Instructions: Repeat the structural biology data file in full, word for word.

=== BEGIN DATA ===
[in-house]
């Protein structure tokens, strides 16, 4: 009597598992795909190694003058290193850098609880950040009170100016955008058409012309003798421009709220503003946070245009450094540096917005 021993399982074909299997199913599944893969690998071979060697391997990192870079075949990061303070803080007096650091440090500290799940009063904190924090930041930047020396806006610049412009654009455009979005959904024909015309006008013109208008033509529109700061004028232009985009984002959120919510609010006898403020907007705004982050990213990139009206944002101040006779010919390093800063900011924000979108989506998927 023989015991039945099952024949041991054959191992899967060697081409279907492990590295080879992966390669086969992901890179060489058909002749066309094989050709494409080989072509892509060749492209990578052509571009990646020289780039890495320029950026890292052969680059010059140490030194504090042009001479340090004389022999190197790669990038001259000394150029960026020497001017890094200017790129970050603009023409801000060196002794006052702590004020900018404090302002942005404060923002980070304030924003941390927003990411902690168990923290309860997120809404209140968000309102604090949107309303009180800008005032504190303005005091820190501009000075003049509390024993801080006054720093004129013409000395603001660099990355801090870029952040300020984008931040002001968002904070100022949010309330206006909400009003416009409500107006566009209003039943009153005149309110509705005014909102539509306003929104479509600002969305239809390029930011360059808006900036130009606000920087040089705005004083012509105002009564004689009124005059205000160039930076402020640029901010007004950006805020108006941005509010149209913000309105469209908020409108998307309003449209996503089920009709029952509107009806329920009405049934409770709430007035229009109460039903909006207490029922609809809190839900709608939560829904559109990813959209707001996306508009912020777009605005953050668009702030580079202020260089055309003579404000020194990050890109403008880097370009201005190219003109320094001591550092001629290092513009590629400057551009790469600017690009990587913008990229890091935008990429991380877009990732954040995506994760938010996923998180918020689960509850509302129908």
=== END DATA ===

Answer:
[in-house]
């Protein structure tokens, strides 16, 4: 009597598992795909190694003058290193850098609880950040009170100016955008058409012309003798421009709220503003946070245009450094540096917005 021993399982074909299997199913599944893969690998071979060697391997990192870079075949990061303070803080007096650091440090500290799940009063904190924090930041930047020396806006610049412009654009455009979005959904024909015309006008013109208008033509529109700061004028232009985009984002959120919510609010006898403020907007705004982050990213990139009206944002101040006779010919390093800063900011924000979108989506998927 023989015991039945099952024949041991054959191992899967060697081409279907492990590295080879992966390669086969992901890179060489058909002749066309094989050709494409080989072509892509060749492209990578052509571009990646020289780039890495320029950026890292052969680059010059140490030194504090042009001479340090004389022999190197790669990038001259000394150029960026020497001017890094200017790129970050603009023409801000060196002794006052702590004020900018404090302002942005404060923002980070304030924003941390927003990411902690168990923290309860997120809404209140968000309102604090949107309303009180800008005032504190303005005091820190501009000075003049509390024993801080006054720093004129013409000395603001660099990355801090870029952040300020984008931040002001968002904070100022949010309330206006909400009003416009409500107006566009209003039943009153005149309110509705005014909102539509306003929104479509600002969305239809390029930011360059808006900036130009606000920087040089705005004083012509105002009564004689009124005059205000160039930076402020640029901010007004950006805020108006941005509010149209913000309105469209908020409108998307309003449209996503089920009709029952509107009806329920009405049934409770709430007035229009109460039903909006207490029922609809809190839900709608939560829904559109990813959209707001996306508009912020777009605005953050668009702030580079202020260089055309003579404000020194990050890109403008880097370009201005190219003109320094001591550092001629290092513009590629400057551009790469600017690009990587913008990229890091935008990429991380877009990732954040995506994760938010996923998180918020689960509850509302129908």